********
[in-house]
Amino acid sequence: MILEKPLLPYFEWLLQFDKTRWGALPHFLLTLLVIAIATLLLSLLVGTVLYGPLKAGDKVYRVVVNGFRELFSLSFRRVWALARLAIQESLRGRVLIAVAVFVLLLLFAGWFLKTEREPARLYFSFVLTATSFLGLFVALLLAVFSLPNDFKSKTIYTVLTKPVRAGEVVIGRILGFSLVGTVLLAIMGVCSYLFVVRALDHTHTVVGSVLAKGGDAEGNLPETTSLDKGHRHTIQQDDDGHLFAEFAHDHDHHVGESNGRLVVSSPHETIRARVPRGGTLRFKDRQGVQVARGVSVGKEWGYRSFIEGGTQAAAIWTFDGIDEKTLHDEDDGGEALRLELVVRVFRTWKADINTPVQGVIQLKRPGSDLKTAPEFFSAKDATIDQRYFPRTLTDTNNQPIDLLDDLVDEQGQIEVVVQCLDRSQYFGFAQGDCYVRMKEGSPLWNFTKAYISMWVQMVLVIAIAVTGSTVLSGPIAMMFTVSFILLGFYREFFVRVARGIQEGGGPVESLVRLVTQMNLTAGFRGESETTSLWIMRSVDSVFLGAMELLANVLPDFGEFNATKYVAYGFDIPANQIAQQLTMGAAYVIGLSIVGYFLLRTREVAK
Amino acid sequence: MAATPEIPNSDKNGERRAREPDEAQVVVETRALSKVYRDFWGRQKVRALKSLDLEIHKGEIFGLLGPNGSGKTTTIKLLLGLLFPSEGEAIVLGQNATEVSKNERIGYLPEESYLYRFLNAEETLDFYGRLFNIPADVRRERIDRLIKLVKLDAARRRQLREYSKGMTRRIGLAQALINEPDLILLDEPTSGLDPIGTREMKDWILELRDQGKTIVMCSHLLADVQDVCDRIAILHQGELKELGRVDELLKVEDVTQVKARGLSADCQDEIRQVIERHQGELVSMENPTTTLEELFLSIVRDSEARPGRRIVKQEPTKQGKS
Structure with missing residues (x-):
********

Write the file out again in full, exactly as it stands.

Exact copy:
[in-house]
Amino acid sequence: MILEKPLLPYFEWLLQFDKTRWGALPHFLLTLLVIAIATLLLSLLVGTVLYGPLKAGDKVYRVVVNGFRELFSLSFRRVWALARLAIQESLRGRVLIAVAVFVLLLLFAGWFLKTEREPARLYFSFVLTATSFLGLFVALLLAVFSLPNDFKSKTIYTVLTKPVRAGEVVIGRILGFSLVGTVLLAIMGVCSYLFVVRALDHTHTVVGSVLAKGGDAEGNLPETTSLDKGHRHTIQQDDDGHLFAEFAHDHDHHVGESNGRLVVSSPHETIRARVPRGGTLRFKDRQGVQVARGVSVGKEWGYRSFIEGGTQAAAIWTFDGIDEKTLHDEDDGGEALRLELVVRVFRTWKADINTPVQGVIQLKRPGSDLKTAPEFFSAKDATIDQRYFPRTLTDTNNQPIDLLDDLVDEQGQIEVVVQCLDRSQYFGFAQGDCYVRMKEGSPLWNFTKAYISMWVQMVLVIAIAVTGSTVLSGPIAMMFTVSFILLGFYREFFVRVARGIQEGGGPVESLVRLVTQMNLTAGFRGESETTSLWIMRSVDSVFLGAMELLANVLPDFGEFNATKYVAYGFDIPANQIAQQLTMGAAYVIGLSIVGYFLLRTREVAK
Amino acid sequence: MAATPEIPNSDKNGERRAREPDEAQVVVETRALSKVYRDFWGRQKVRALKSLDLEIHKGEIFGLLGPNGSGKTTTIKLLLGLLFPSEGEAIVLGQNATEVSKNERIGYLPEESYLYRFLNAEETLDFYGRLFNIPADVRRERIDRLIKLVKLDAARRRQLREYSKGMTRRIGLAQALINEPDLILLDEPTSGLDPIGTREMKDWILELRDQGKTIVMCSHLLADVQDVCDRIAILHQGELKELGRVDELLKVEDVTQVKARGLSADCQDEIRQVIERHQGELVSMENPTTTLEELFLSIVRDSEARPGRRIVKQEPTKQGKS
Structure with missing residues (x-):